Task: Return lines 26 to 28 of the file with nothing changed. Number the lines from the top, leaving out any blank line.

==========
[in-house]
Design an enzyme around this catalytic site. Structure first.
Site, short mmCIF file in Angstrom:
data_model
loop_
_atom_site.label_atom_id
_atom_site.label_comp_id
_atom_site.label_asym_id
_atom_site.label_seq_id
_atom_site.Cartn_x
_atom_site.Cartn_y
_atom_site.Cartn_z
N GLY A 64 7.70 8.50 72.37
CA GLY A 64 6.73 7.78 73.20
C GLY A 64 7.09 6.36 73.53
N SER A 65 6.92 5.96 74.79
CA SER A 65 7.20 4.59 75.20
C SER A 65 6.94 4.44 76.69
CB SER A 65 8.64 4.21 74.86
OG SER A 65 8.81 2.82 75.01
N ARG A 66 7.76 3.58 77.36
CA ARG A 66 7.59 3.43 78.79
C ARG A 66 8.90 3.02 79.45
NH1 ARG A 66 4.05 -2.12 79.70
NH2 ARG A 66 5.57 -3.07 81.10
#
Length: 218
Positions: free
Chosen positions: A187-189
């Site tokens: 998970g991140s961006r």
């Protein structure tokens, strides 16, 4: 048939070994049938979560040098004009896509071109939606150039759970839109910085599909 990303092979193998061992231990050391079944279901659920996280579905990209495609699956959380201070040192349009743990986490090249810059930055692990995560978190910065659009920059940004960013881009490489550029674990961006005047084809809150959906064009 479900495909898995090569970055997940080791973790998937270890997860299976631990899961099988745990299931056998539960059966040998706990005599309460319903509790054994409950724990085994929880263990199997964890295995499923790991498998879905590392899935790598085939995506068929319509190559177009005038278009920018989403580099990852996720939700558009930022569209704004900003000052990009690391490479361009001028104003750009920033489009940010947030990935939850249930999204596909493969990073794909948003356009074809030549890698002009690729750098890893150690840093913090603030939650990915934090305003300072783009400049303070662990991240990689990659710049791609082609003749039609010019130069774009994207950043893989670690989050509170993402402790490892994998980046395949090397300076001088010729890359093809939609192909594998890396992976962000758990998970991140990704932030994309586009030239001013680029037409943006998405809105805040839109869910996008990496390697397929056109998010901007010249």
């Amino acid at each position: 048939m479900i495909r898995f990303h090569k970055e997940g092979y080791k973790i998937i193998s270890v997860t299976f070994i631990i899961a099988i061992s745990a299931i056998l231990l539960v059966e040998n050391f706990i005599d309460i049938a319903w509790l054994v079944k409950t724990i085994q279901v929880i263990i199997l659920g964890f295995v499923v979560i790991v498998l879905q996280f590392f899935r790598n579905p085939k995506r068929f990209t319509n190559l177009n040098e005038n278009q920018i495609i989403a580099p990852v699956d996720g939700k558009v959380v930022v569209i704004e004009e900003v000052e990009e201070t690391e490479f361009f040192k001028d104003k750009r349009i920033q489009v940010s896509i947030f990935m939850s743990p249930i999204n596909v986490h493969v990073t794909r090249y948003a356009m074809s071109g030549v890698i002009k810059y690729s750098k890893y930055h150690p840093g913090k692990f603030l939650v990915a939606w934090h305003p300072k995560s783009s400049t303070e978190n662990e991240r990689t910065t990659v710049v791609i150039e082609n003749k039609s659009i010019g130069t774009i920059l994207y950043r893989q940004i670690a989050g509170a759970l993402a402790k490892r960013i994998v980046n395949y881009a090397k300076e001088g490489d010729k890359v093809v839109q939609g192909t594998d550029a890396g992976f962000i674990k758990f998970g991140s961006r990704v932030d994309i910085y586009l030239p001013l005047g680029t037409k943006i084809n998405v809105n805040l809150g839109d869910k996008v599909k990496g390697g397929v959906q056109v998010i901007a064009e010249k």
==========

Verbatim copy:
#
Length: 218
Positions: free